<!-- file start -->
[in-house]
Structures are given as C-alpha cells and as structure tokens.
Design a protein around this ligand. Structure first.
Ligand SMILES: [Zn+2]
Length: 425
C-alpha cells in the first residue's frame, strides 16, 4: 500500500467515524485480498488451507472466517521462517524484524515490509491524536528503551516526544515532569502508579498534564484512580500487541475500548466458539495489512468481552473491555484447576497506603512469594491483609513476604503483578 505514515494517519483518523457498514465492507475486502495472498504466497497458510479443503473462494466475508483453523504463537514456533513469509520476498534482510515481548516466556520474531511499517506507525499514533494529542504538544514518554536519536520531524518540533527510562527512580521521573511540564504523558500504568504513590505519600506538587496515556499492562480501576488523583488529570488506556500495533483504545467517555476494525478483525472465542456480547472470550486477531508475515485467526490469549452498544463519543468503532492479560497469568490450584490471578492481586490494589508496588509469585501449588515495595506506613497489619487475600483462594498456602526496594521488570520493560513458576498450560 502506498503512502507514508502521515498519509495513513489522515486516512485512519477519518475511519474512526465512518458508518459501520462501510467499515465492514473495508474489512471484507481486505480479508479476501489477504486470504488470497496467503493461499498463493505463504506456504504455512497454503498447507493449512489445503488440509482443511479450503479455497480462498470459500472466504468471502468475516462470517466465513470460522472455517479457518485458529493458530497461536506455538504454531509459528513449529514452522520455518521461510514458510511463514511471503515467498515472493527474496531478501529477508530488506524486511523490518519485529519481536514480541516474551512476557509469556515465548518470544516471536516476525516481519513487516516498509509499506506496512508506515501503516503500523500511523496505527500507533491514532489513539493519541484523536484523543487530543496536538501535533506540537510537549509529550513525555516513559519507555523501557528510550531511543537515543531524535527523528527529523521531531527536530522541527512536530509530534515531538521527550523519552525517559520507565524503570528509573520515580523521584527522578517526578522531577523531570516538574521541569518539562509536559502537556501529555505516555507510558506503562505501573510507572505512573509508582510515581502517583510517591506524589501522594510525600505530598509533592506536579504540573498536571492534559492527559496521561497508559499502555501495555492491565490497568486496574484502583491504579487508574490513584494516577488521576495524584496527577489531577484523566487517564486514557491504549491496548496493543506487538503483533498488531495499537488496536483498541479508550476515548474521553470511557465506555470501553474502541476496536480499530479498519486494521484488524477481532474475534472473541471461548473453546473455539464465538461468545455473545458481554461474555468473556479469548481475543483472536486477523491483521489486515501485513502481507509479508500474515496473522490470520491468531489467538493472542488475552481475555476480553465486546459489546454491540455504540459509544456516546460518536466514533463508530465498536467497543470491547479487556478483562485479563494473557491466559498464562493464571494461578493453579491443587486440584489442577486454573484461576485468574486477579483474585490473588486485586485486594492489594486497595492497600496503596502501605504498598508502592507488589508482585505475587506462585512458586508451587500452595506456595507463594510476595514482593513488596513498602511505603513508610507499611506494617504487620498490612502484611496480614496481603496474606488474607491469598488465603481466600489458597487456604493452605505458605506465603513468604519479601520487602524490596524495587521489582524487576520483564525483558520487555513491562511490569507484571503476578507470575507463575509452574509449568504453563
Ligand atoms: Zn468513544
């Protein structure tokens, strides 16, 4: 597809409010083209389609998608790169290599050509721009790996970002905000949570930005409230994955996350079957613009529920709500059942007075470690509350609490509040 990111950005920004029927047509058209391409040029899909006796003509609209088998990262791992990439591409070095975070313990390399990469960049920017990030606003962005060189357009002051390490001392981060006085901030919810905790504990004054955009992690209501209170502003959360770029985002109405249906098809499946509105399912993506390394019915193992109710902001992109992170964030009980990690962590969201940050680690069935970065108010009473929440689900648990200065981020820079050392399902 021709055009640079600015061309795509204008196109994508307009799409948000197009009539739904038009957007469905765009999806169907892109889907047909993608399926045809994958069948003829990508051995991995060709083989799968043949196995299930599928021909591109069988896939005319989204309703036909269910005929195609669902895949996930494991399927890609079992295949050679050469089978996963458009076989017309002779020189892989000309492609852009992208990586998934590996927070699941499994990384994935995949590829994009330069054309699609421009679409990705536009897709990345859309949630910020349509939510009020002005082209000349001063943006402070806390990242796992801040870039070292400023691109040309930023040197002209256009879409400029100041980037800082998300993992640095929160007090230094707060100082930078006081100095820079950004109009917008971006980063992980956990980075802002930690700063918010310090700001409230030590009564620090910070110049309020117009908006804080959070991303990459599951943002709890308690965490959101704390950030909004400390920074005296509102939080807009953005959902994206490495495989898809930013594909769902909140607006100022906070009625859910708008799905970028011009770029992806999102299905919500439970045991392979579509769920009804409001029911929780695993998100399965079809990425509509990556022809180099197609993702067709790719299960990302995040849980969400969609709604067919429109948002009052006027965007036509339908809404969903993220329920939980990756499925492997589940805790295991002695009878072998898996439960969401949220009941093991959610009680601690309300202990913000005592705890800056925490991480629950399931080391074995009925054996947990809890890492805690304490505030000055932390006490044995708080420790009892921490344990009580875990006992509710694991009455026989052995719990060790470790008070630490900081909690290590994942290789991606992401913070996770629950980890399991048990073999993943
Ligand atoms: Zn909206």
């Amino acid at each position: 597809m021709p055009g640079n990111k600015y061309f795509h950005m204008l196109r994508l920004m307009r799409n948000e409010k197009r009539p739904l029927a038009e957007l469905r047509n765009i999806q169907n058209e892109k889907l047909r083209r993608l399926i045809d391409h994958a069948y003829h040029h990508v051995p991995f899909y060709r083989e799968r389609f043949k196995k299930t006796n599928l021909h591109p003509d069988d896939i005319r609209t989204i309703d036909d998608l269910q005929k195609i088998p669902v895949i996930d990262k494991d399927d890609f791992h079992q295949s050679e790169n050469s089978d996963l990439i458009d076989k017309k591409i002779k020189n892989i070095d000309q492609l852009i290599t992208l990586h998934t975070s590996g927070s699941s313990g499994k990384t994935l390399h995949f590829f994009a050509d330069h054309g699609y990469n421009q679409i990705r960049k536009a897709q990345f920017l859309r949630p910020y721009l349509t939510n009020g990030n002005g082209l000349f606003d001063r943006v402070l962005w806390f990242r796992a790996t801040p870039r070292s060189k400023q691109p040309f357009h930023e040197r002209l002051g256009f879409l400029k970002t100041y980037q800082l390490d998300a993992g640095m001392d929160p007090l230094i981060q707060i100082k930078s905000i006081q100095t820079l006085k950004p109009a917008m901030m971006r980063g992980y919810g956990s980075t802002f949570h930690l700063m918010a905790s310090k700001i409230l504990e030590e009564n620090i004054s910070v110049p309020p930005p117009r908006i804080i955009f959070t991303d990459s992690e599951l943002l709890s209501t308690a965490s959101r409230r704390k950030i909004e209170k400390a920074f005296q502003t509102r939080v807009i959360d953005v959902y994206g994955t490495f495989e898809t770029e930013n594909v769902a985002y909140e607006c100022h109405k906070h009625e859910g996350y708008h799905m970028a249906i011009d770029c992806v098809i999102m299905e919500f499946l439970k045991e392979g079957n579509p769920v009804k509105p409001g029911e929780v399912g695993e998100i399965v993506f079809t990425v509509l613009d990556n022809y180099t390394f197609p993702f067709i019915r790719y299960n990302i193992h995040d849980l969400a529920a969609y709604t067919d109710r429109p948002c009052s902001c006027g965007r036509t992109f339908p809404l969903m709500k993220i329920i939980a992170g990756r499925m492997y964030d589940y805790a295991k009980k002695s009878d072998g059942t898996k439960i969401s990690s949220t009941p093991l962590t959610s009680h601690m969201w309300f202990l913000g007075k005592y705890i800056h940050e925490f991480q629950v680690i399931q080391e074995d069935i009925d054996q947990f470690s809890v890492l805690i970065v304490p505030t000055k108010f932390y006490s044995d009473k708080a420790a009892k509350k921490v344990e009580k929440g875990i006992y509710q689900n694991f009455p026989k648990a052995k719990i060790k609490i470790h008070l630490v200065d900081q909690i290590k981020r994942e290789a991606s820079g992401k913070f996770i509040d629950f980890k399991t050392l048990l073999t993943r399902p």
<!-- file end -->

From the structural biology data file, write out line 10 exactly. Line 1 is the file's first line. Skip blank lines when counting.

């Amino acid at each position: 597809m021709p055009g640079n990111k600015y061309f795509h950005m204008l196109r994508l920004m307009r799409n948000e409010k197009r009539p739904l029927a038009e957007l469905r047509n765009i999806q169907n058209e892109k889907l047909r083209r993608l399926i045809d391409h994958a069948y003829h040029h990508v051995p991995f899909y060709r083989e799968r389609f043949k196995k299930t006796n599928l021909h591109p003509d069988d896939i005319r609209t989204i309703d036909d998608l269910q005929k195609i088998p669902v895949i996930d990262k494991d399927d890609f791992h079992q295949s050679e790169n050469s089978d996963l990439i458009d076989k017309k591409i002779k020189n892989i070095d000309q492609l852009i290599t992208l990586h998934t975070s590996g927070s699941s313990g499994k990384t994935l390399h995949f590829f994009a050509d330069h054309g699609y990469n421009q679409i990705r960049k536009a897709q990345f920017l859309r949630p910020y721009l349509t939510n009020g990030n002005g082209l000349f606003d001063r943006v402070l962005w806390f990242r796992a790996t801040p870039r070292s060189k400023q691109p040309f357009h930023e040197r002209l002051g256009f879409l400029k970002t100041y980037q800082l390490d998300a993992g640095m001392d929160p007090l230094i981060q707060i100082k930078s905000i006081q100095t820079l006085k950004p109009a917008m901030m971006r980063g992980y919810g956990s980075t802002f949570h930690l700063m918010a905790s310090k700001i409230l504990e030590e009564n620090i004054s910070v110049p309020p930005p117009r908006i804080i955009f959070t991303d990459s992690e599951l943002l709890s209501t308690a965490s959101r409230r704390k950030i909004e209170k400390a920074f005296q502003t509102r939080v807009i959360d953005v959902y994206g994955t490495f495989e898809t770029e930013n594909v769902a985002y909140e607006c100022h109405k906070h009625e859910g996350y708008h799905m970028a249906i011009d770029c992806v098809i999102m299905e919500f499946l439970k045991e392979g079957n579509p769920v009804k509105p409001g029911e929780v399912g695993e998100i399965v993506f079809t990425v509509l613009d990556n022809y180099t390394f197609p993702f067709i019915r790719y299960n990302i193992h995040d849980l969400a529920a969609y709604t067919d109710r429109p948002c009052s902001c006027g965007r036509t992109f339908p809404l969903m709500k993220i329920i939980a992170g990756r499925m492997y964030d589940y805790a295991k009980k002695s009878d072998g059942t898996k439960i969401s990690s949220t009941p093991l962590t959610s009680h601690m969201w309300f202990l913000g007075k005592y705890i800056h940050e925490f991480q629950v680690i399931q080391e074995d069935i009925d054996q947990f470690s809890v890492l805690i970065v304490p505030t000055k108010f932390y006490s044995d009473k708080a420790a009892k509350k921490v344990e009580k929440g875990i006992y509710q689900n694991f009455p026989k648990a052995k719990i060790k609490i470790h008070l630490v200065d900081q909690i290590k981020r994942e290789a991606s820079g992401k913070f996770i509040d629950f980890k399991t050392l048990l073999t993943r399902p």